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C. S. Lewis's "Mere Christianity": A Biography

C S Lewis s Mere Christianity A Biography Mere Christianity C S Lewis s eloquent and winsome defense of the Christian faith originated as a series of BBC radio talks broadcast during the dark days of World War Two Here is the story of the e

  • Title: C. S. Lewis's "Mere Christianity": A Biography
  • Author: George M. Marsden
  • ISBN: 9780691153735
  • Page: 260
  • Format: Hardcover
  • Mere Christianity, C S Lewis s eloquent and winsome defense of the Christian faith, originated as a series of BBC radio talks broadcast during the dark days of World War Two Here is the story of the extraordinary life and afterlife of this influential and much beloved book.George Marsden describes how Lewis gradually went from being an atheist to a committed Anglican faMere Christianity, C S Lewis s eloquent and winsome defense of the Christian faith, originated as a series of BBC radio talks broadcast during the dark days of World War Two Here is the story of the extraordinary life and afterlife of this influential and much beloved book.George Marsden describes how Lewis gradually went from being an atheist to a committed Anglican famously converting to Christianity in 1931 after conversing into the night with his friends J R R Tolkien and Hugo Dyson and how Lewis delivered his wartime talks to a traumatized British nation in the midst of an all out war for survival Marsden recounts how versions of those talks were collected together in 1952 under the title Mere Christianity, and how the book went on to become one of the most widely read presentations of essential Christianity ever published, particularly among American evangelicals He examines its role in the conversion experiences of such figures as Charles Colson, who read the book while facing arrest for his role in the Watergate scandal Marsden explores its relationship with Lewis s Narnia books and other writings, and explains why Lewis s plainspoken case for Christianity continues to have its critics and ardent admirers to this day.With uncommon clarity and grace, Marsden provides invaluable new insights into this modern spiritual classic.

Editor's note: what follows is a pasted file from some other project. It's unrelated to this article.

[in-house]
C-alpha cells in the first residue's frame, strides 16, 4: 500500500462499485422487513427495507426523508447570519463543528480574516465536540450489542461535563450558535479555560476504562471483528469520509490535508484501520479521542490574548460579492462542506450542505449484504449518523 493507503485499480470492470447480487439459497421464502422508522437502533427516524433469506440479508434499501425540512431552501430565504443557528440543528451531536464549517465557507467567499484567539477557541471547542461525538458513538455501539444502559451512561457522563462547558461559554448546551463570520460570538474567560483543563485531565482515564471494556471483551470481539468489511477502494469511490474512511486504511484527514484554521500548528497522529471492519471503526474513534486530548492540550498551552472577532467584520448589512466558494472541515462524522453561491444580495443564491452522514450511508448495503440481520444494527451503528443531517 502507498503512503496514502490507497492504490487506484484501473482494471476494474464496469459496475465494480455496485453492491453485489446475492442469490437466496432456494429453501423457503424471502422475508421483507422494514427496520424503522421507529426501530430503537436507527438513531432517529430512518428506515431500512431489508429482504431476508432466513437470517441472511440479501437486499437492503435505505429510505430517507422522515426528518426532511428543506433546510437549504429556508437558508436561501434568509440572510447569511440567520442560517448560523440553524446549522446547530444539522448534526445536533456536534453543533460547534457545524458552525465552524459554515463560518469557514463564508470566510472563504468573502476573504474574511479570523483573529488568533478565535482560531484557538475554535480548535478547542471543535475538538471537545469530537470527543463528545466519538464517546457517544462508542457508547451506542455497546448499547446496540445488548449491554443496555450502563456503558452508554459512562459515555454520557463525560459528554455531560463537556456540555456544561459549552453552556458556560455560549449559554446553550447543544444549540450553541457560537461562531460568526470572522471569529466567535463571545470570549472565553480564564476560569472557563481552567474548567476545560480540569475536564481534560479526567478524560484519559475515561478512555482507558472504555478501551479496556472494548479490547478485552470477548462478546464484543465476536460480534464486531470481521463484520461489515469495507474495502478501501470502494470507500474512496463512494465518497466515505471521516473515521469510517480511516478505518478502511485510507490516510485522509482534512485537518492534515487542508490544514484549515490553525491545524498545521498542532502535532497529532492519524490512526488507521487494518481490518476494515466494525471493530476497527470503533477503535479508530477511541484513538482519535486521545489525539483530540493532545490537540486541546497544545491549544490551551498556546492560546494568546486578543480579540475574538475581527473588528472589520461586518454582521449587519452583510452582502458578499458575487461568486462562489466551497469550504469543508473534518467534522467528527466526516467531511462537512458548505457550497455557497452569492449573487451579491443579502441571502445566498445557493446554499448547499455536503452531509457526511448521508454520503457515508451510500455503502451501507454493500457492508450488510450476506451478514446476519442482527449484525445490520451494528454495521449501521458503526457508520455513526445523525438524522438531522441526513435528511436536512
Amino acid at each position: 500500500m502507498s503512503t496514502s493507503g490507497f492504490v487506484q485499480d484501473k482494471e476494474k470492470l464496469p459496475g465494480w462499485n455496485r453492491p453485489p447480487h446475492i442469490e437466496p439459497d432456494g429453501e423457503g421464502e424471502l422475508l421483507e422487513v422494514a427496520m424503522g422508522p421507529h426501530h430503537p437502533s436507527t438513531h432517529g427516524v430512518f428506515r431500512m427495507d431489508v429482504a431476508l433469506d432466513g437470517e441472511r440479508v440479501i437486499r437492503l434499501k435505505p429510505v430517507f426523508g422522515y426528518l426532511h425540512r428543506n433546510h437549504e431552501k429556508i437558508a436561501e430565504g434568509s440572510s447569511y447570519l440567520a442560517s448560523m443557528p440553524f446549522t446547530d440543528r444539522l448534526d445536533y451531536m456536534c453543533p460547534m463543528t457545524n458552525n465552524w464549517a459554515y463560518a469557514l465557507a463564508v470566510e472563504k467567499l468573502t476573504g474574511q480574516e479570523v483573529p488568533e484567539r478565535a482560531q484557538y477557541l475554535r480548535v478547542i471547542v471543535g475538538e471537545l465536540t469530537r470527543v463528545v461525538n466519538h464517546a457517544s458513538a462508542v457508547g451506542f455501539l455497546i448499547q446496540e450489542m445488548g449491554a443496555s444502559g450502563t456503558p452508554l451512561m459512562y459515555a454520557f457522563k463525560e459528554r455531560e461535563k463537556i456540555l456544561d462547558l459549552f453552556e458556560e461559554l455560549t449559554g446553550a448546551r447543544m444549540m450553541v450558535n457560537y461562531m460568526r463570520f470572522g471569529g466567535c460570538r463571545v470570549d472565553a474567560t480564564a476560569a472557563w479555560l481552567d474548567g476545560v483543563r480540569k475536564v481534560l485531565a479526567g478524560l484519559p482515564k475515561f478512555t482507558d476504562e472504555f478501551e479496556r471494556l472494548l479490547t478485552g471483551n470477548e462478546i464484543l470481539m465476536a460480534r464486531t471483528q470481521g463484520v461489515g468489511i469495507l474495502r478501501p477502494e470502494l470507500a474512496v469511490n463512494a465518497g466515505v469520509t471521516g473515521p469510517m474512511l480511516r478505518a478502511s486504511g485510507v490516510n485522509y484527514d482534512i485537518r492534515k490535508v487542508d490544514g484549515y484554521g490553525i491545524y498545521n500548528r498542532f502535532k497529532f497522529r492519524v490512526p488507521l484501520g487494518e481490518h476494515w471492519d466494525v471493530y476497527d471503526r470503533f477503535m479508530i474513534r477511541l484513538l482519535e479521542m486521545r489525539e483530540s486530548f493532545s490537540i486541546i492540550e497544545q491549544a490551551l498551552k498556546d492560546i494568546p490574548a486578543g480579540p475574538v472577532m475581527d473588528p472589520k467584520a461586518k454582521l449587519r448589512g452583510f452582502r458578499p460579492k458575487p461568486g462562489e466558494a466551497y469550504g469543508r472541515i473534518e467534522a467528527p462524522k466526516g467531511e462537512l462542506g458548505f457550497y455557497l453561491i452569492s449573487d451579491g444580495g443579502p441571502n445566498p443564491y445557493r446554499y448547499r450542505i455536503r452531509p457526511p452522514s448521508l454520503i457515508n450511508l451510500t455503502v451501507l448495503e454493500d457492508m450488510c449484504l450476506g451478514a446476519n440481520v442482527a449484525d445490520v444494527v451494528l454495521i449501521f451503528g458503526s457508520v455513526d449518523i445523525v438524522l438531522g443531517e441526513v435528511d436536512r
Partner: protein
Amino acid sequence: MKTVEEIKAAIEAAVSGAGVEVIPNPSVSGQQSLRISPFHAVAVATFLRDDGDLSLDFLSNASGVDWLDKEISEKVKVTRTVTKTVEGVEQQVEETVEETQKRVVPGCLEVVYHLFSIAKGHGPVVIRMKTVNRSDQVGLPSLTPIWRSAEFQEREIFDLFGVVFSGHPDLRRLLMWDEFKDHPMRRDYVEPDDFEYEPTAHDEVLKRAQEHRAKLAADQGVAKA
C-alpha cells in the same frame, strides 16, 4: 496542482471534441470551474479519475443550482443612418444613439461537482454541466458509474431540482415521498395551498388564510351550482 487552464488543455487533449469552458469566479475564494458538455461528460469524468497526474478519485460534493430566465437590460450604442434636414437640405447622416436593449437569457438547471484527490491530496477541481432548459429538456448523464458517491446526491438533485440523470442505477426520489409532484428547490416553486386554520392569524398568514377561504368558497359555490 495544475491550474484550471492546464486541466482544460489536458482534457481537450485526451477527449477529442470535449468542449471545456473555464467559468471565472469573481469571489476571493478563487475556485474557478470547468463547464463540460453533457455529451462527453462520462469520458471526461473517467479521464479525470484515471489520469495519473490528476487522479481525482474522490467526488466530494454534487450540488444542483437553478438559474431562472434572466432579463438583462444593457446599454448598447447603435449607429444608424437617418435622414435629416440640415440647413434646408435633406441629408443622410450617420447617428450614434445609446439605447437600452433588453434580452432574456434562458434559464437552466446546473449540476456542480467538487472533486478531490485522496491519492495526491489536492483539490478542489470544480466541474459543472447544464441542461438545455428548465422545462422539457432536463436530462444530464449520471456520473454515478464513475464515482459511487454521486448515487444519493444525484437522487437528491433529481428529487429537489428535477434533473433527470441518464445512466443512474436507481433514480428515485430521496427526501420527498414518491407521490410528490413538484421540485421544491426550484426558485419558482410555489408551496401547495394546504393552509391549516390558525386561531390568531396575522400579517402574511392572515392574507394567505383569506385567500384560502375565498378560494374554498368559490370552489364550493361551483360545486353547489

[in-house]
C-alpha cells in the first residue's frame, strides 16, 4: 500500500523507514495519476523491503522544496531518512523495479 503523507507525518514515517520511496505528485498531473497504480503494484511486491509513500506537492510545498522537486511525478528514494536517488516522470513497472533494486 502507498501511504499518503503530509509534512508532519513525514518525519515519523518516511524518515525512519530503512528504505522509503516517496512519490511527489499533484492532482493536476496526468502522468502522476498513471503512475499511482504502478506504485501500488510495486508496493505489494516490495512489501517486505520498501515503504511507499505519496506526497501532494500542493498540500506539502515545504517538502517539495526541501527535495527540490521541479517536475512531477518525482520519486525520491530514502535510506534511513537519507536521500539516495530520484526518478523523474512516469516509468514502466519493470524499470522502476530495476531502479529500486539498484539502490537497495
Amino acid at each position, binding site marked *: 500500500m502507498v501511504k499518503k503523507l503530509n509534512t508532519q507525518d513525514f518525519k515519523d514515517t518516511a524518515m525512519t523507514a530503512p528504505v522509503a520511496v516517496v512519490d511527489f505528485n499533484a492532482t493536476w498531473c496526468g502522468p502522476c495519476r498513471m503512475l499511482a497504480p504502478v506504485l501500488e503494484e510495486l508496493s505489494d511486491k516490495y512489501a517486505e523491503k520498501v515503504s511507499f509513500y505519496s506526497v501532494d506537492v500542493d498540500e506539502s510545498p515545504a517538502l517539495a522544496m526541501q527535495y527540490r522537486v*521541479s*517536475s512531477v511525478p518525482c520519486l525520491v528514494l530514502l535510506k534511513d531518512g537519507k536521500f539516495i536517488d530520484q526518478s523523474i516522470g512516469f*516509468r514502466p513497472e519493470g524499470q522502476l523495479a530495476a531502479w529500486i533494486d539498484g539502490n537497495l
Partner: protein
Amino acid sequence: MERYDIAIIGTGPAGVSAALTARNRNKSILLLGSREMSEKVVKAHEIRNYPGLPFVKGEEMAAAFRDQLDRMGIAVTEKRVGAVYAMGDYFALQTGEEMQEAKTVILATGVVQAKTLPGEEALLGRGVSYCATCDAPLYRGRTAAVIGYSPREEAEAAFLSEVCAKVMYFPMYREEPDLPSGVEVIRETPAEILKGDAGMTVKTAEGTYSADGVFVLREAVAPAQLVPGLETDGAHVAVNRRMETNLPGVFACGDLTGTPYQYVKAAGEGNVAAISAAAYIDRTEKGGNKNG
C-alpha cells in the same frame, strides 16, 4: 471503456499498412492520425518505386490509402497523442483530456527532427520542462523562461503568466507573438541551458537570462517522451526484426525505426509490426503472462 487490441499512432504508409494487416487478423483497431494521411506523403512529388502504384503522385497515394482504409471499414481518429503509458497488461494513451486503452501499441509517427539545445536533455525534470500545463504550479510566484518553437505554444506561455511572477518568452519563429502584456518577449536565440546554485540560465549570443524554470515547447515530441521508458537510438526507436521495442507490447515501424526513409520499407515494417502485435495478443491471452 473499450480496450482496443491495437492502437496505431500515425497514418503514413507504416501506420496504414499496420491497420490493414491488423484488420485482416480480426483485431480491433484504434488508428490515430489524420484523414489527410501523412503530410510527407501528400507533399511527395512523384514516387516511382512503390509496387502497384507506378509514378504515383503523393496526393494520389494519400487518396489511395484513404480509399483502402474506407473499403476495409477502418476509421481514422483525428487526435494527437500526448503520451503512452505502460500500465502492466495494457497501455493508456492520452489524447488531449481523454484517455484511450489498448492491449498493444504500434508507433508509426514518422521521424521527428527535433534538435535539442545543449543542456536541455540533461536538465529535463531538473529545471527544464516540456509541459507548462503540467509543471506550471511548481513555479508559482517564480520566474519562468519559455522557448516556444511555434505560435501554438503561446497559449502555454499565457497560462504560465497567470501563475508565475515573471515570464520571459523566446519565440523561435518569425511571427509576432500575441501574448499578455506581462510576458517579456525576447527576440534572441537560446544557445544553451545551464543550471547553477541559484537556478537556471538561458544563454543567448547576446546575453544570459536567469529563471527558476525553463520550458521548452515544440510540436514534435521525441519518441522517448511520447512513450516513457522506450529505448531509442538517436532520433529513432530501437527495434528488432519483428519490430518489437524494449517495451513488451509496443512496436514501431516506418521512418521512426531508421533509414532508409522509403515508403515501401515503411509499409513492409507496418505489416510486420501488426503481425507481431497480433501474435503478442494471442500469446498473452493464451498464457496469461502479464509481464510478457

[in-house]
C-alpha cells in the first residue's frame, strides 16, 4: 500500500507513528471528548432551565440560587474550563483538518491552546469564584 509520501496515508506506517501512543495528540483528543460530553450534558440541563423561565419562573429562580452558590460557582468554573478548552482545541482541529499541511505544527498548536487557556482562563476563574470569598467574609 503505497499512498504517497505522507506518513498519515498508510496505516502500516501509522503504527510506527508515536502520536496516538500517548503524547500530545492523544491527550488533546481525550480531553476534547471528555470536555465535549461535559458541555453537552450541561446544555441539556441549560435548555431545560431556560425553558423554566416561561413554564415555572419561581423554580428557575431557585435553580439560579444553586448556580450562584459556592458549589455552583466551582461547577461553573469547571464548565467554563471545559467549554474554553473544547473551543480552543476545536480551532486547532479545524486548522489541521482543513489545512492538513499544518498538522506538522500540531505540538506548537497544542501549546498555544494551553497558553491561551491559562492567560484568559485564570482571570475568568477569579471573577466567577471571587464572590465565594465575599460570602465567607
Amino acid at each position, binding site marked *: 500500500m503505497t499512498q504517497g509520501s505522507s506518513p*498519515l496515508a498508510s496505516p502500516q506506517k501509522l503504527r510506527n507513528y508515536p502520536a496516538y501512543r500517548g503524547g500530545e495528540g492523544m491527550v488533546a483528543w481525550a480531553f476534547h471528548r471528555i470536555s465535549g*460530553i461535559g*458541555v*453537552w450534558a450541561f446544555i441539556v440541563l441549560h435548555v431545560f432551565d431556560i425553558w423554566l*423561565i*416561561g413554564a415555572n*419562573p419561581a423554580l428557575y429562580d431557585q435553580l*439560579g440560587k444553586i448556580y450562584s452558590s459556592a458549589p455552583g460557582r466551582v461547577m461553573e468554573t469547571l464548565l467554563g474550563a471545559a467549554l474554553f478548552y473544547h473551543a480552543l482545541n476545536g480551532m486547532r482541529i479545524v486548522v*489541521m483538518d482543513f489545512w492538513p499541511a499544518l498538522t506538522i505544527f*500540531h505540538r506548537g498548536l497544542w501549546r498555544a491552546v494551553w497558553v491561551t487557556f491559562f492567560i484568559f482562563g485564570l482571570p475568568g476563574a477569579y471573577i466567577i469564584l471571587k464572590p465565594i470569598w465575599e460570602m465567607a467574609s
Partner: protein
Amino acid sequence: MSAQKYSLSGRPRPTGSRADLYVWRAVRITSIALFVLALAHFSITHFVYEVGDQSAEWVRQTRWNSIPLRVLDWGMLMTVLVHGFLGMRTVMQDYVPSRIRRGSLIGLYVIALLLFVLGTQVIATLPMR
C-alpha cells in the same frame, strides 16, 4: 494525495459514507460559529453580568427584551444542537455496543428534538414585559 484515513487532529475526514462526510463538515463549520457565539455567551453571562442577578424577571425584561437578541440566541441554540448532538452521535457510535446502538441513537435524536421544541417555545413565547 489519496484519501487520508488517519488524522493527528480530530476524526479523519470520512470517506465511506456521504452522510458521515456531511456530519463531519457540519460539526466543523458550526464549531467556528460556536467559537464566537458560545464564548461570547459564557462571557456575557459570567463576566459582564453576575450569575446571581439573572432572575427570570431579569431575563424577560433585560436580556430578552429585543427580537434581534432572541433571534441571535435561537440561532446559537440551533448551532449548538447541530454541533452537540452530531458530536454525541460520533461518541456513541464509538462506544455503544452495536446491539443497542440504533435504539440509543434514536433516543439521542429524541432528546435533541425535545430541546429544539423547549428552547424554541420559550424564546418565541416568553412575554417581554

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    1 thought on “C. S. Lewis's "Mere Christianity": A Biography

    1. Of the most intriguing 40 Christian non-fiction titles published in the first half of 2016, historian George Marsden’s new book — C.S. Lewis’s Mere Christianity: A Biography — stands out immediately. Published in Princeton’s pioneering series, “Lives of Great Religious Books,” Marsden has written a biography about a book, and if that sounds boring, it’s not. Lewis’s classic has a backstory worth telling and Marsden has penned one of the best books of the year.When it comes to [...]

    2. Classic Marsden. He did his homework and dug up some interesting anecdotes, offering a strong narrative, a clear outline and analysis, and some insightful points along the way. He did some "reception history" by looking at ways that people have reacted to Lewis' book, including his famous "trilemma" (Jesus is liar, lunatic, or Lord).One insight from the book that struck me: Lewis didn't use reason to prove Christianity so much as to clear away objections and then invite others to see and experie [...]